Sphingomyelin is a phospholipid that is part of the tissue covering brain and nerve cells.

A

False, it helps to regulate nerve functions.

21
Q

Fact: elevated cholesterol levels occur in the blood when the blood lacks the normal balance of antioxidants.

A

Excess sugar and fats, especially processed and non-essential fatty acids in the diet result in higher cholesterol levels.

22
Q

Explain why the cholesterol found in foods is not the villain contributing to cardiovascular disease.

A

It is the oxidized cholesterol in the blood that causes the trouble, and the level of this is more a function of total fat intake and genetically determined aspects of cholesterol metabolism than the amount of cholesterol in our food.

23
Q

Explain how researchers have changed their thinking about HDL and LDL.

A

LDL has the ability to calm the immune system and reduce inflammation.

LDL is still a “bad guy”, but lesser than before. It is more important to increase fiber and plant phytonutrients than it is to drop total cholesterol. Reducing inflammation and oxidation will protect the body from overactive immune system responses.

24
Q

Describe what measures can be taken to increase our HDL levels.

A

Getting more exercise, increasing dietary fiber as well as plant foods, especially veggies.

25
Q

Describe the digestion process of fats.

A

Chewing will help separate the fats. Hydrochloric acid and enzymes “free” the lipids from the food [in stomach]. In the small intestine, bile is secreted from the gallbladder and breaks down the fat globules into smaller groups of molecules [= a emulsifying].
This way pancreatic lipase and other enzymes can work on individual triglycerides and turn them into di- and monoglycerides, which ultimately get split into their components: fatty acids and glycerol.

26
Q

What organ is the principal site for fat metabolism?

A

The liver, it alters fatty acids for absorption.

27
Q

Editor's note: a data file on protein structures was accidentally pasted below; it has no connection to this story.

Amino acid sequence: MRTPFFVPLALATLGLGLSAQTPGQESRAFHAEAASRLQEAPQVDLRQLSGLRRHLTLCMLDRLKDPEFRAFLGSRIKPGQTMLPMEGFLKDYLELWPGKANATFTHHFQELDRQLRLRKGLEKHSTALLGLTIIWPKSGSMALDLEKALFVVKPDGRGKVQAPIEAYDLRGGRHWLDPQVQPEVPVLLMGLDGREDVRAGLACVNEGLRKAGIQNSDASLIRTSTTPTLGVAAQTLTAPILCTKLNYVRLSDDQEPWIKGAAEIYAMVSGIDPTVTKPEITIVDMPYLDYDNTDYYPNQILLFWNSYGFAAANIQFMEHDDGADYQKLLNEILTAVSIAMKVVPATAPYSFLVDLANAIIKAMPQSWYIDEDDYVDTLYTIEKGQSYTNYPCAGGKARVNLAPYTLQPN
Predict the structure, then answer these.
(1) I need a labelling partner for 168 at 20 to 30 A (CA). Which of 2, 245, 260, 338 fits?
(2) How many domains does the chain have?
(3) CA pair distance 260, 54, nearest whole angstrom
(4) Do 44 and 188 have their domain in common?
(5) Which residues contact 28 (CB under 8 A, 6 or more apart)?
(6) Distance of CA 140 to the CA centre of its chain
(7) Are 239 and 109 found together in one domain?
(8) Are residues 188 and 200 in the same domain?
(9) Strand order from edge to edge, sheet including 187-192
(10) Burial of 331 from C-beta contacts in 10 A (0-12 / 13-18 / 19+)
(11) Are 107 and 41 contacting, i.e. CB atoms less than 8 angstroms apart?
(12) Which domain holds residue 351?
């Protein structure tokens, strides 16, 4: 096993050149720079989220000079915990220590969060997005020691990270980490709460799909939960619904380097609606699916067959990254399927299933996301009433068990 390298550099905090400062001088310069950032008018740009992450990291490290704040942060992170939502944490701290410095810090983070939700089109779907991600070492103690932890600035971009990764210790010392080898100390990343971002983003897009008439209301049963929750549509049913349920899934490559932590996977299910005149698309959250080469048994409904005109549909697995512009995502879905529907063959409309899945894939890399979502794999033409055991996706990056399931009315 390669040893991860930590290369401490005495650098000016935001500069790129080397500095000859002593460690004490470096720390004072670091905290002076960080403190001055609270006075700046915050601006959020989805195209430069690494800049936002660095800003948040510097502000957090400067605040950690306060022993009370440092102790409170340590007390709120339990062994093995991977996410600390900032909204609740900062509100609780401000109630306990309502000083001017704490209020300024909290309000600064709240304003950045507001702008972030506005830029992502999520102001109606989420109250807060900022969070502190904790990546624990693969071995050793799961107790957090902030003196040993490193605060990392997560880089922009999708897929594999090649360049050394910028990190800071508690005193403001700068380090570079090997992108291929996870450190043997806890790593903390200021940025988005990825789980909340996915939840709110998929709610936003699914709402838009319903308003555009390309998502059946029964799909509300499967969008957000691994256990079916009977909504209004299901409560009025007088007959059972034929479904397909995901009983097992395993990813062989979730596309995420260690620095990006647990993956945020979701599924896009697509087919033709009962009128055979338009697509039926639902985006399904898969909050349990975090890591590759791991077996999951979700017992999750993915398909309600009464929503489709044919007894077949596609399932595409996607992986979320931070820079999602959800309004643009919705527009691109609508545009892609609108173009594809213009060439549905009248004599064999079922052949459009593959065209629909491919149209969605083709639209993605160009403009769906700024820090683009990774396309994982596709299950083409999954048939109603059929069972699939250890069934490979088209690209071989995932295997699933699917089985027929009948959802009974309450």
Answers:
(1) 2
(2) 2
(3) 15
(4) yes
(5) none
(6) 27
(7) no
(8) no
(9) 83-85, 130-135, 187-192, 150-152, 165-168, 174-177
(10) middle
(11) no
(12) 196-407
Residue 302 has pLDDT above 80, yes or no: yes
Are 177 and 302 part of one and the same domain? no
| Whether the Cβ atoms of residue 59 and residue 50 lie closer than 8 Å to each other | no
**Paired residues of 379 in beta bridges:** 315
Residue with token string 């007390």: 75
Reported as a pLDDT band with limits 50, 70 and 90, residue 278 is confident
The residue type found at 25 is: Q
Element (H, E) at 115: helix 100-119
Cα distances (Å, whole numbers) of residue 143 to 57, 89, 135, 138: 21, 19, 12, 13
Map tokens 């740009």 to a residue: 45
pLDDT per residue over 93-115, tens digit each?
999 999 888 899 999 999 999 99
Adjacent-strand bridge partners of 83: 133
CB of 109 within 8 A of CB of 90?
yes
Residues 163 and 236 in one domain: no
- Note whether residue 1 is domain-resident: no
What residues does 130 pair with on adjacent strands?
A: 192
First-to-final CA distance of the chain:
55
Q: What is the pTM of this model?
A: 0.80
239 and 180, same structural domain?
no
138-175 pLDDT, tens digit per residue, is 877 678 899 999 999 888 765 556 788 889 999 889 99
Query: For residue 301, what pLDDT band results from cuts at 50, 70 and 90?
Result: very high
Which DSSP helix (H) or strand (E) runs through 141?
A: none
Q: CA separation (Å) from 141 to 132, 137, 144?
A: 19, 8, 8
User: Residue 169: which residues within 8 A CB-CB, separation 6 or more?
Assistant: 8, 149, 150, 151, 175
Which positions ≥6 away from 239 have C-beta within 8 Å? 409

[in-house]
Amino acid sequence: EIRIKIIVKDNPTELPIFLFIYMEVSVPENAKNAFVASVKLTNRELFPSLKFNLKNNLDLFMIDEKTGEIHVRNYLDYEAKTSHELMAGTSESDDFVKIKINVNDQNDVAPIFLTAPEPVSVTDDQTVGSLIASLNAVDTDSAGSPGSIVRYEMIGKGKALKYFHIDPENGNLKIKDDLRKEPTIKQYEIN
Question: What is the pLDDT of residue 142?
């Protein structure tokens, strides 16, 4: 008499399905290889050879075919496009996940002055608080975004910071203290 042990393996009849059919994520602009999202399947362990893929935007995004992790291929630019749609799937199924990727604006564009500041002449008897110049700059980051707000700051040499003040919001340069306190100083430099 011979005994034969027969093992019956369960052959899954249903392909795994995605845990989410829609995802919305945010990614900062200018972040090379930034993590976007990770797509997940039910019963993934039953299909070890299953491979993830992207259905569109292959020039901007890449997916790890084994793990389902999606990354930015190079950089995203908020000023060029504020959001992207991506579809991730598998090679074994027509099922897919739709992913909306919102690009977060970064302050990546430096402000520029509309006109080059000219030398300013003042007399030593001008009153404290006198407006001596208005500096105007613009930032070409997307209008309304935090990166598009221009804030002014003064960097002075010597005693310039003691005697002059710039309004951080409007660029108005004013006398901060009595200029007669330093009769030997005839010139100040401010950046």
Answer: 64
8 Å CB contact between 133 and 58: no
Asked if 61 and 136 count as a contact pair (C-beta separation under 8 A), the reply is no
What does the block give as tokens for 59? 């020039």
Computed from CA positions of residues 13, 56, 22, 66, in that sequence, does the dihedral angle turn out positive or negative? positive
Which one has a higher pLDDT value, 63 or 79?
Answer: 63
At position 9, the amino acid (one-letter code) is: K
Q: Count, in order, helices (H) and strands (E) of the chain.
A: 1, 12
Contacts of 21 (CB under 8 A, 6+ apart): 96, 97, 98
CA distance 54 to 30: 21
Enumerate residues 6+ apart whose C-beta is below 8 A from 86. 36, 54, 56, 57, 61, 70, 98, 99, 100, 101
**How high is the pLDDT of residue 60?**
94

List the function lipids perform (4)

A

A ready energy source

Act as protection for organs from trauma and cold

Integral part of cell membranes

For vitamin A, D, E, and K absorption

28
Q

What points from the eating plan of the American heart Association do you disagree?

A

Fat-free dairy products – two processed, lacking natural enzymes.

Consuming margarine or canola oil.

29
Q

List some recommendations for reducing dietary fat intake.

A

Upping the intake of plant foods including vegetables; leafy greens, Rick vegetables, and whole grains, nuts, seeds, legumes.
Broiling foods [or baking, steaming] instead of frying.
Replacing animal proteins with vegetable source protein.

30
Q

What are the two aspects of diet that must be considered when addressing dietary fat and disease.

A

The total amount of fat intake and the types of fats consumed

31
Q

What is the number one disease related to increased fat intake?

A

Atherosclerosis.

32
Q

Explain how atherosclerosis contributes to a variety of other diseases.

A

High blood pressure [hypertension) enlargement of the heart, general heart disease, congestive heart failure. The clogging of arteries with plaque decreases the delivery of life-supporting blood to the tissues.

33
Q

Name two major types of cancer associated with excessive dietary fat intake.

A

Colon and rectum cancer and breast cancer

34
Q

List the top three factors that increase the risk of cancer

A

High-fat, low-fiber diets, which lead to high bile levels in the colon.
As well as high animal-protein diets.

35
Q

What is the effect of fat on the colon?

A

High amounts of bile are required to break down the fats. These raised levels of bile alter the “good” bacteria in your gut, which now can’t protect the gut lining from carcinogens. This altered flora interacts with bile to create compounds that may cause cancer.

36
Q

How is a high-fat diet related to breast cancer in women?

A

Saturated fats generate more cholesterol and higher estrogen levels in women. Higher estrogen levels are related to a higher chance of developing breast cancer. Trans-fatty acids are even worse for that matter.

37
Q

Explain why increasing fiber content, in a high-fat diet, will provide some protection against carcinogens in the colon.

A

Fiber will increase bowel mobility and bulk up the stool, thereby diluting the carcinogenic substances. Also, fiber will improve bacterial detox.

38
Q

Explain how vitamin C may prevent cancer.

A

Vitamin C it will interfere with the production of nitrosamines, a carcinogen formed from dietary nitrites and preserved food.

39
Q

List three suggestions for reducing cardiovascular disease.

A
  1. reduce the amount of total dietary fats to 20% or 30% of total calories consumed, specifically long-chain saturated fats and hydrogenated oils
  2. eat more cold-water fish
  3. keep blood pressure under control, exercise, and don’t smoke